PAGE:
View From the Front Row, 2/23/11
Last night, I went and saw Awol One & Factor's Landmark Tour featuring the likes of Ceschi, Cars & Trains, Kirby Dominant, Megabusive and Abadawn at the Elbo Room in San Francisco. This show was part of the Farmer's Block series that Qwel & Maker were part of last year, which means that in addition to the music there was some art up on display and some vegan foods for sale. I tried a vegan flauta thing which was not bad and a peanut butter cupcake which was good, but refrained from spending any money on art and put down the bucks on a far cheaper rum and coke instead. The nature of the event drew a slightly larger crowd than I'm used to seeing at the Elbo Room, though Ceschi has always had a good draw of people when he's performed in the Bay Area so no surprises there.
Abadawn was the opener, with DJ Zone backing him up behind the boards. I hadn't heard any of Abadawn's music previously, but had heard from a friend that he put on a good show and knew of him through his Camobear Records affiliation. Well, I'm not sure if this was just an off-night for Abadawn, but to put it bluntly: I thought he sucked! It seemed like he was trying way too hard to impress the crowd with his rapping and stage antics, and didn't have the skills or originality necessary to make anyone care. To make matters worse, he seemed very indecisive about what tracks he wanted to play, and frequently performed only a minute of a song before deciding to switch into another one. It seems like Abadawn's crazy frat-boy personality is what draws people to his music, but yelling into a microphone and kicking your shoes off on stage shouldn't be the summation of your performance. Bad set.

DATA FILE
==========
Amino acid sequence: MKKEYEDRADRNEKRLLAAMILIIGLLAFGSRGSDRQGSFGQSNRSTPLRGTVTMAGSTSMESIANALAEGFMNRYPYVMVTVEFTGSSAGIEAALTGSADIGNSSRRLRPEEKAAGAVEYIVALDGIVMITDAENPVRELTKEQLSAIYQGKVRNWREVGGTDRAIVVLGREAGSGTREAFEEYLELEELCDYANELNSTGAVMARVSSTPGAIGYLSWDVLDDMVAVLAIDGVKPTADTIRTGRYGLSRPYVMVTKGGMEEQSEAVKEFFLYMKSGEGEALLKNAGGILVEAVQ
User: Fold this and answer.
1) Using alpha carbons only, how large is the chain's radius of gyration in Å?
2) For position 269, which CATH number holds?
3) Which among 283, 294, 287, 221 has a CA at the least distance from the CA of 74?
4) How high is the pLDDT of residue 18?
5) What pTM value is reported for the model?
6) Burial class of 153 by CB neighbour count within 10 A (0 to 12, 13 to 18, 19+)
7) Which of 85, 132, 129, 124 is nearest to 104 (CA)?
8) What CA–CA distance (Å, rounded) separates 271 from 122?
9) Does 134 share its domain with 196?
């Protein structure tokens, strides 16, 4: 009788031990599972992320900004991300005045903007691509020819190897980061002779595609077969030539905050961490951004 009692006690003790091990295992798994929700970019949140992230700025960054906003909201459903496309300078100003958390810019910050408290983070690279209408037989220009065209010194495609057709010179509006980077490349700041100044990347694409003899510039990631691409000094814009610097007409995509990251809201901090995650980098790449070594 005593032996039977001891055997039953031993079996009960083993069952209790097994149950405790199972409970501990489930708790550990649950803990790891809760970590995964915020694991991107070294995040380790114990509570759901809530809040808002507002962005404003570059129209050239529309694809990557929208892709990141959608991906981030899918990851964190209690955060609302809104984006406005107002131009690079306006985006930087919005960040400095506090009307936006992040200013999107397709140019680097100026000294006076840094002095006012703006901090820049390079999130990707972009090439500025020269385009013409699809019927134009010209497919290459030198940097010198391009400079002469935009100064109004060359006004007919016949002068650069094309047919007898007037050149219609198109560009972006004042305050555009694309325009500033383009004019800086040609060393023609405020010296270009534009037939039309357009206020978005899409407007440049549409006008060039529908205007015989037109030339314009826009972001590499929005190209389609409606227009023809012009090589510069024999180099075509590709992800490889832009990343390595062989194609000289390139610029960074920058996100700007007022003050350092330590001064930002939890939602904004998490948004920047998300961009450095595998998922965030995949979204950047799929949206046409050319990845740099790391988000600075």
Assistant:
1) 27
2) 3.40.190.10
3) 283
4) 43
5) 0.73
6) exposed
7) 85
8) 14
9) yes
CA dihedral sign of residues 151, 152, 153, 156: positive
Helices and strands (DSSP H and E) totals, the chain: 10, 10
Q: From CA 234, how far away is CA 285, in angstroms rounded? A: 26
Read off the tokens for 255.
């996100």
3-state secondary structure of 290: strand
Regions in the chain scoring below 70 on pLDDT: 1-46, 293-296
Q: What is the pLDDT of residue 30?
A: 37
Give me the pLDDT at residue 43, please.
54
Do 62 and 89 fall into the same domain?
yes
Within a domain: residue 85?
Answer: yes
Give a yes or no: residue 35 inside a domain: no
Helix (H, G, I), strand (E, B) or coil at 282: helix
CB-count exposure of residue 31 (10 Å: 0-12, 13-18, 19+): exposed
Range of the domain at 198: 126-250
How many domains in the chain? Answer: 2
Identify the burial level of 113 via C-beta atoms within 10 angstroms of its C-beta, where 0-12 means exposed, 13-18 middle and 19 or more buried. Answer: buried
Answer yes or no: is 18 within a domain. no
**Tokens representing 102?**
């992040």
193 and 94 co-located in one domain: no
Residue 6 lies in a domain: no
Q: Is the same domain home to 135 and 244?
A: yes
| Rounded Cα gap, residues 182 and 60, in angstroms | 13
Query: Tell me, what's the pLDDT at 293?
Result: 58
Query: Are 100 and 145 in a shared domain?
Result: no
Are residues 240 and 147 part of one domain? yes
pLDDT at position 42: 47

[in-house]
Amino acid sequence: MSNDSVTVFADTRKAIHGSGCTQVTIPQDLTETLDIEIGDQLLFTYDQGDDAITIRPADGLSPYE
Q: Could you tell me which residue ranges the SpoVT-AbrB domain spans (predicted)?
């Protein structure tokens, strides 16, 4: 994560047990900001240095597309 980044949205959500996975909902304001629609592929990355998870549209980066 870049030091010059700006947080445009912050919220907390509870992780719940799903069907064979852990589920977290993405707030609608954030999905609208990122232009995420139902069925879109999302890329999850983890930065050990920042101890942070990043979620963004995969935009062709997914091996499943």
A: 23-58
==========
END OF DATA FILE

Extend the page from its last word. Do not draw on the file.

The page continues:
Megabusive was up next, and I was very curious to hear what he had to bring to the table. I remember hearing some of Megabusive's songs a long time ago, back when Atmosphere and Aesop Rock were just coming out of the shadows and LA's scene had a ton of stylistic super-groups, but to my knowledge he hasn't dropped anything in years. Fortunately, it seemed like the flow and performing skills that Megabusive honed all those years back were still in tact, and he put on a great set of his signature oddball cadence and weird lo-fi beats. Megabusive really knew how to handle himself on stage, mixing his precise flow and intelligent lyrics with goofy dance maneuvers and personal interjections. Super good set, here's hoping that he has some new material dropping in the not-too-distant future.
Kirby Dominant took the stage next, and brought out his homie Boss One as a hype man/rhyming partner. They were both fresh-dressed in typical Kirby fashion, and implored the white people to all make their way to the front. Once there were a couple more people up close, Kirby explained that his set was gonna be improvised on an empty canvas, where he'd add one little brush stroke and then see where the picture would take him from there. Needless to say, Kirby Dominant and Boss One both killed it with a super impressive set loaded with energy, ill flows, comedy and pimp-ish personalities. Kirby performed a couple of his older songs that established him as a Bay Area legend, as well as a few of his collaborative tracks with Factor (who was also backing him behind the boards). If there was anything wrong with Kirby's set, it's that not nearly enough people in the Elbo Room cared. He kicked some seriously sick dance jams and some awesome stylistic flow tracks while not even half of the crowd was paying attention. Goddamn shame... terrific set.